Sunday, July 29, 2007

Reflections on the Present Condition of the Principality, by One Newly Returned

I am back from Wales, happily still with the rake-thin silhouette that fits me to consort with Bryan (see Who's Your Fat Friend? below). Had I been longer there and succumbed to the local diet - vast piles of fried food and chips, washed down with bad beer - it might have been a different story. The locals divide into two physical types: one wiry, dwarfish and fast-moving, with a face like a bag of spanners; the other a bulging lard mountain, only mobile when in quest of the next 'meal' or 'beer'. Outside the big cities, what one might call the cultural life of the nation appears to be non-existent. Eating, drinking and chatter of mind-numbing banality and repetitiveness fill the days perfectly adequately for local taste. After a couple of days of this, it was apparent to me that to live for even a week in provincial Wales would be a living death, and would unfailingly drive me to strong drink and insanity. Happily, though, I had no such plans - I was there to walk, and the landscapes of Wales are indeed superb. What's more, in a rare departure from tradition, the sun shone. In Wales.
Anyway, I am back, as one returning from a strange journey in time - about 40 years back, I'd say - and space. Sadly, I have no interesting butterfly sightings to report, but I did have a pleasing encounter with one of these.

15 comments:

  1. It's a big country, mate, or so they say. any danger of a clue as to where you've been wandering? yeah, those welsh can talk a hole through an iron pot. but it's a nice accent, you can tune out the lyrics and just listen to the music.

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  2. What the f***'s an enocounter?

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  3. It's a good word, though.

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  4. A surprisingly big country, Ian - and I was in Carmarthenshire, somewhere in the vicinity of a famous boathouse where the appalling Dylan Thomas wrote many of his poetical effusions. This was not, I need hardly say, my destination. Fine country, to look at.

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  5. Tread carefully, Nige. Beware the Welsh dragon! The spirit of Owain Glyndwr may visit you at the dead of night and threaten you with an eternal walk through the back streets of Rhyl. I understand the human heart is quite vulnerable at 3.00 in the morning.

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  6. As a Welshwoman who has permanently escaped to Sicily your article did make me smile. I know of no other country where the small towns are so differemt from the cities than Wales. But oh, I do miss that accent!

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  7. I don't think Wales has a monopoly on chatter of mind-numbing banality, does it now Nige (such a lovely English name)...and what do you mean about bad beer? Brains S.A. (Skull Attack) is a delight.

    I hope it put you in the mood for reading some R.S.Thomas, the other great poet of the twentieth century. My grandfather used to detest Dylan Thomas who he often saw rolling around drunk in the gutters of Carmarthen, but at least Thomas could write a bit.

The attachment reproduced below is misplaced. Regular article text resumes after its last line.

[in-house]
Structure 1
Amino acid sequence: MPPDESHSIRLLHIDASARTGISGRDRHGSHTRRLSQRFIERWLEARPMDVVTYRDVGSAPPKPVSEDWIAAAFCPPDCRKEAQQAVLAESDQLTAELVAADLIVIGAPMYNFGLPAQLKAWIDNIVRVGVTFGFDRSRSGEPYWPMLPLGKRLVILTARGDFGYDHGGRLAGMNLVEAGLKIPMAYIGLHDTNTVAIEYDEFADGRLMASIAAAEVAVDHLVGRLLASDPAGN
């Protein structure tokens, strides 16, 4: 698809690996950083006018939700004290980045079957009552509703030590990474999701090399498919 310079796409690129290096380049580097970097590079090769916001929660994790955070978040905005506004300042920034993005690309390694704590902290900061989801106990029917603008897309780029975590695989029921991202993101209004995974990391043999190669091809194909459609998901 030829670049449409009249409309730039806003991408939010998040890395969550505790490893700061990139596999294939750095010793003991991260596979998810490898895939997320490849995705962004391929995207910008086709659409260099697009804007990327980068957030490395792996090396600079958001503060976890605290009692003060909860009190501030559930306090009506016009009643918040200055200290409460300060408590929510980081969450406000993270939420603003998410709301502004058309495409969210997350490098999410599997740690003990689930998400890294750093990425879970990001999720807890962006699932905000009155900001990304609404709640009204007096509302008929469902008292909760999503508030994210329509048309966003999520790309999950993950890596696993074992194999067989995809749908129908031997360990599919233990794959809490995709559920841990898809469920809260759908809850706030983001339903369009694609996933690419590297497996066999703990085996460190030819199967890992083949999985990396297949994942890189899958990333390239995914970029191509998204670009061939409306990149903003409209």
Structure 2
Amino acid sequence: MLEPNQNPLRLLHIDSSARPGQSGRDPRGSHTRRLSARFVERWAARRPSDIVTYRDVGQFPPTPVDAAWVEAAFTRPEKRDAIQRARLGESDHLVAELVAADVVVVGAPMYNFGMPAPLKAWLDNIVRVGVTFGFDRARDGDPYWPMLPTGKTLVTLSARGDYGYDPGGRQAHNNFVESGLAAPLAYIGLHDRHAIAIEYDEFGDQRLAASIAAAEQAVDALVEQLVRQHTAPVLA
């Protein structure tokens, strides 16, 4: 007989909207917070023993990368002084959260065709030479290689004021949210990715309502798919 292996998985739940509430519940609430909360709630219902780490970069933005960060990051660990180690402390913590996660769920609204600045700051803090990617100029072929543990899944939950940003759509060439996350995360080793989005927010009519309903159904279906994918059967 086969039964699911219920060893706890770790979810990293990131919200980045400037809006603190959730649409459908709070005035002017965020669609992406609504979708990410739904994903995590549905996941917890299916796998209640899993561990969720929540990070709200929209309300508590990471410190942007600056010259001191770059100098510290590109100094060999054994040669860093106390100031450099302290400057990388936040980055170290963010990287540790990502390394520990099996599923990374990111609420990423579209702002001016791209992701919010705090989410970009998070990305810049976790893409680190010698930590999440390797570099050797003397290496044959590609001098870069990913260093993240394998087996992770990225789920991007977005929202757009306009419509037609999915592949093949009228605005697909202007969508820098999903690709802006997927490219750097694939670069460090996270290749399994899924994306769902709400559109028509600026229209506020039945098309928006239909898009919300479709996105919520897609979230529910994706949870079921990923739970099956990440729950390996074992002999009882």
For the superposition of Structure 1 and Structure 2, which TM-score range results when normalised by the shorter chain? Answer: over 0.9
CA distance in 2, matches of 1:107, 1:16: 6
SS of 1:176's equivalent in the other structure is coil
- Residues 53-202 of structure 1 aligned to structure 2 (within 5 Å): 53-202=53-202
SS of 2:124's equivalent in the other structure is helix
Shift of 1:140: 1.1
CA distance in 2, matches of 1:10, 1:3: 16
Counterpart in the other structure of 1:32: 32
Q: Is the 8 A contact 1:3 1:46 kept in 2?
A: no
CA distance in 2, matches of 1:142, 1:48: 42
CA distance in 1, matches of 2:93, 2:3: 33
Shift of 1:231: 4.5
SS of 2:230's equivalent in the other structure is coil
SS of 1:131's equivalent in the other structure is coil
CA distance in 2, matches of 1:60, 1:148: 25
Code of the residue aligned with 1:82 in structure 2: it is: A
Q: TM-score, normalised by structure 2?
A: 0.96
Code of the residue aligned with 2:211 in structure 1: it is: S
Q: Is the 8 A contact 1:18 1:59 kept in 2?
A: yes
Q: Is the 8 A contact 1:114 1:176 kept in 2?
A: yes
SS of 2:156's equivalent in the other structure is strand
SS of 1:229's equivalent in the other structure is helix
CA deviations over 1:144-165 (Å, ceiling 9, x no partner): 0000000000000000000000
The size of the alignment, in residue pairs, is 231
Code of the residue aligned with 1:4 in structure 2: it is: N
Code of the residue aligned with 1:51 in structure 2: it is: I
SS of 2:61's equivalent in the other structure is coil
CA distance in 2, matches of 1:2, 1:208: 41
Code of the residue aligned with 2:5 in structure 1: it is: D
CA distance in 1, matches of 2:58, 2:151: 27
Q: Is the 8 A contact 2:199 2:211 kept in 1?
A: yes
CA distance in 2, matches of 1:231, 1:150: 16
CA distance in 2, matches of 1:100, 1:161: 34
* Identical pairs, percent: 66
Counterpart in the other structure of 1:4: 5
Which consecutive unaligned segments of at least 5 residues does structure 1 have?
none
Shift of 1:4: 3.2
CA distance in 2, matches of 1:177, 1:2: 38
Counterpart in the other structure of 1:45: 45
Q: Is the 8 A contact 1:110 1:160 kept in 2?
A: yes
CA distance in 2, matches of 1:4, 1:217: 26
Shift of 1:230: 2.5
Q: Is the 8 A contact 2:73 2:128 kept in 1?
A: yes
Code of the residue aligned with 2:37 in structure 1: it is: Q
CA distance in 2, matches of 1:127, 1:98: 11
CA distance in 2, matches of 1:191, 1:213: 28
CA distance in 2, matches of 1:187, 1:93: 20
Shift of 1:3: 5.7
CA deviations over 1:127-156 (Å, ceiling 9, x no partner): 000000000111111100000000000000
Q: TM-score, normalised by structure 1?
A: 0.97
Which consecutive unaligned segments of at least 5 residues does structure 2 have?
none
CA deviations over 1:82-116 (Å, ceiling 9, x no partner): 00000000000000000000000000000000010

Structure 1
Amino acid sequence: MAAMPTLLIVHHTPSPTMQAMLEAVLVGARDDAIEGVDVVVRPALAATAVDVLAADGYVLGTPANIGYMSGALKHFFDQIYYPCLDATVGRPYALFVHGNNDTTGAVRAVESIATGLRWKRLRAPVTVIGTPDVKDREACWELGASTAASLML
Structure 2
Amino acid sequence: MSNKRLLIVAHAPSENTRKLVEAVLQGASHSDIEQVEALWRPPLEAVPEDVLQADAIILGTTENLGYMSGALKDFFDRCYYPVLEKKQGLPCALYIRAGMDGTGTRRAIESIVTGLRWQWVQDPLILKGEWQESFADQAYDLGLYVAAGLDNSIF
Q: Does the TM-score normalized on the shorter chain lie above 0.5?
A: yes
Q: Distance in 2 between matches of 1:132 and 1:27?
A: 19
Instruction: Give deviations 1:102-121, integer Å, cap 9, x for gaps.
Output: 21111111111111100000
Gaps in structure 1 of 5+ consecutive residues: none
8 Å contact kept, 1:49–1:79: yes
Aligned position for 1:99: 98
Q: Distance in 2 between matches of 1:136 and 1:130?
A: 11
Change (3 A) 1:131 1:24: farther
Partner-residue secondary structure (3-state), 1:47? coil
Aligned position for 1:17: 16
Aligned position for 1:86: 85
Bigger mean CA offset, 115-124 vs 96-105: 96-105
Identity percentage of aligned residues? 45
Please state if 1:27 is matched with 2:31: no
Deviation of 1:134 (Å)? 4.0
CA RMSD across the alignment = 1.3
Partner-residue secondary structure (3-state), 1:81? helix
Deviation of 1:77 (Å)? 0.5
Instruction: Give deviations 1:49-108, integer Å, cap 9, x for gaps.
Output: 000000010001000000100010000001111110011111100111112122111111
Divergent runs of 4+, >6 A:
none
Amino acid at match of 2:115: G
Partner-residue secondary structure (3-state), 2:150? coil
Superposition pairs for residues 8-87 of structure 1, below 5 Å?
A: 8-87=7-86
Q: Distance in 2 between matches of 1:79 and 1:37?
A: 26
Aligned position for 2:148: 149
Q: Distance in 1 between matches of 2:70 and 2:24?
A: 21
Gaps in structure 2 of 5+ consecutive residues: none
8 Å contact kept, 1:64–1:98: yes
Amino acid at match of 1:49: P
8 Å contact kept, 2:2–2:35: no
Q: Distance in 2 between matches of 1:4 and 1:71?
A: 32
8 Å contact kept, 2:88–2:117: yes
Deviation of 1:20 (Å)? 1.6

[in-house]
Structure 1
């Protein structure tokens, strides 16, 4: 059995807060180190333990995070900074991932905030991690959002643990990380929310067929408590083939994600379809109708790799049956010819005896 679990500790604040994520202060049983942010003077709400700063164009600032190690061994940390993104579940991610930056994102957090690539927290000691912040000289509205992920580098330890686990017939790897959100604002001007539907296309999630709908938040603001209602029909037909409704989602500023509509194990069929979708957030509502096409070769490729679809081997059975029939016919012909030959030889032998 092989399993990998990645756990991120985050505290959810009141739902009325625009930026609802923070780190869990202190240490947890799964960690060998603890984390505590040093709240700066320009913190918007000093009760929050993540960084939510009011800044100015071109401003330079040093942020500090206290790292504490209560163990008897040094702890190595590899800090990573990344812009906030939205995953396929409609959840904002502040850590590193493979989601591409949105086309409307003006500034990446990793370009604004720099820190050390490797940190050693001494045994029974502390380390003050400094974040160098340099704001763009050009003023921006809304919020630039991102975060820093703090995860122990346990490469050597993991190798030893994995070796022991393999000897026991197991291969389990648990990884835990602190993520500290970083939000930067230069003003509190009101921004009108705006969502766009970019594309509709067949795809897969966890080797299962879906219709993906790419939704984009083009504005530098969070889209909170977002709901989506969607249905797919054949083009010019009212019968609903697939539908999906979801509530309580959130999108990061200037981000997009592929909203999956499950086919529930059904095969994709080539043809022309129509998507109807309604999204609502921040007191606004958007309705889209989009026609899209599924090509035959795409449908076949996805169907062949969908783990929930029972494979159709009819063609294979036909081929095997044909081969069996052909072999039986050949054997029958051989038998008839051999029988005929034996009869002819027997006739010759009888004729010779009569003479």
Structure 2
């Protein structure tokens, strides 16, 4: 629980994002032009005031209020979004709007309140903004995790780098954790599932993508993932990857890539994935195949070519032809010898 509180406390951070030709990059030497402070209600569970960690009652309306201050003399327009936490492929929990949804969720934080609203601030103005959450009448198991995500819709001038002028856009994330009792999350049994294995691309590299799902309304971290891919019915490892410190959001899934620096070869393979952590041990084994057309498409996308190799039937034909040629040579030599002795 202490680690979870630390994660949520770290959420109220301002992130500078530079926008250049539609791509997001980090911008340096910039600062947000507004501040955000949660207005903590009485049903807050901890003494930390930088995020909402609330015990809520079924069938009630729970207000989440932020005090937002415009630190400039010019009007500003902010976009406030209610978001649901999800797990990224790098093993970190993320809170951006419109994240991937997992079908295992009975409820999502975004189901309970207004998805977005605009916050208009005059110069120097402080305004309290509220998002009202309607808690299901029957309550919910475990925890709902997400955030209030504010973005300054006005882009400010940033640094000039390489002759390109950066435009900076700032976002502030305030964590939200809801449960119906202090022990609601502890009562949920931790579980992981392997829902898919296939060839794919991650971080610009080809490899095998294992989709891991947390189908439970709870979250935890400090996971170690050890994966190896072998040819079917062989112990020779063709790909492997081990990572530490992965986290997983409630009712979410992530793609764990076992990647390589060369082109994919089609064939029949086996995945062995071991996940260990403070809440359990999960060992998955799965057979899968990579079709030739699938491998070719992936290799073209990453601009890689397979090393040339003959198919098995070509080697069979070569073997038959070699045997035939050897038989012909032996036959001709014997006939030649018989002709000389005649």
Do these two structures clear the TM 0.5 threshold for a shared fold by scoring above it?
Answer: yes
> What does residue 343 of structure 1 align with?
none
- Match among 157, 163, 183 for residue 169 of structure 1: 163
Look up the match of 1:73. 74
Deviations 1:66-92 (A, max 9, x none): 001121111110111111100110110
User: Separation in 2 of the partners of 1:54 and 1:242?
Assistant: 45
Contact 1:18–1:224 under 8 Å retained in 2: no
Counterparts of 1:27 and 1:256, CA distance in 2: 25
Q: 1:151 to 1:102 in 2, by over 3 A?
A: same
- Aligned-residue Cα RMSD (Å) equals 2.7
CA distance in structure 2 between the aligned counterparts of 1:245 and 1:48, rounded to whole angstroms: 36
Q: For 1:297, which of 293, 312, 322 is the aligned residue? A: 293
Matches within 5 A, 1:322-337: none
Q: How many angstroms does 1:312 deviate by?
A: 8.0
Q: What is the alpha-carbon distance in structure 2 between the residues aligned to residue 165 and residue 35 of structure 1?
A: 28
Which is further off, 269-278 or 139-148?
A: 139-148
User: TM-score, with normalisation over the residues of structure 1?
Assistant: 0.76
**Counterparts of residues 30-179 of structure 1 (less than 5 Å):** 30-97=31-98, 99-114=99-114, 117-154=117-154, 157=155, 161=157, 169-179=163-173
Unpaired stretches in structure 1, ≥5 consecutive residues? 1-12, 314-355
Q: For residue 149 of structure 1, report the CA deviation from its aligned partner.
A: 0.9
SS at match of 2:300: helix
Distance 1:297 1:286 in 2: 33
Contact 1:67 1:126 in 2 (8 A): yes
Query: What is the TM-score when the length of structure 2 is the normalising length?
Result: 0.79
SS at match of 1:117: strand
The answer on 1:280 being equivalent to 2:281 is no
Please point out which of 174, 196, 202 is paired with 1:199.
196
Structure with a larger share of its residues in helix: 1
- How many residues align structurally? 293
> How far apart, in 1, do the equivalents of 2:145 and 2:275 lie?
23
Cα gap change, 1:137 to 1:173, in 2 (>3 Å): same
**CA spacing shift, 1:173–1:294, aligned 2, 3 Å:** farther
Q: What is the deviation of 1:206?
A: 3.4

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  8. Susan B., wingless,July 29, 2007 4:54 pm

    I killed a butterfly yesterday and I feel very bad about it. Actually, the butterfly sort of committed suicide: It flew in front of my car when the car was going 80 mph crossing a gap in the Allegheny Mtns. Daughter and I found it in the grille when we stopped to get gas. Very sad. It looked like a lemon migrant, though I don't even know if those get this far north.

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  9. Oh Susan; 80mph crossing that gap. Who knows who/what else is lurking behind that grille, no longer part of this world? I suppose Nige will hope that he, she or it is Welsh.

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  10. You're right there, Windbag - Wales has no monopoly on any of the minor horrors I described. And R.S. Thomas a very fine poet. I hope the Welsh also claim the great Edward Thomas as one of their own, which he surely is.
    And Susan, I commiserate. And, having looked up the lemon migrant, I see that it resembles our own brimstone - the butterfly that, being butter yellow and often the first to be seen, might have named the entire tribe.

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  11. well done, nige.

    I have a theory which so far has held up to experiment. the funnier the name, the worse the beer. Though be warned - it doesn't always work the other way around.

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  12. Too right, Ian. While in Wales, risking a 'When in Rome' moment, I tried a straightforwardly named brew - Warrior - by a very Welsh-named brewer - Evan Evans. It was vile.

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  13. On the upside, a friend who lives in a part of the world perilously close to the Welsh border tells me his area is blessed with large numbers of these.

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  14. I once mistook a common brown for the more poetic sounding gatekeeper - wishful thinking, perhaps. there's lots of LBJs around here, even the large white looks exotic in amongst their numbers.

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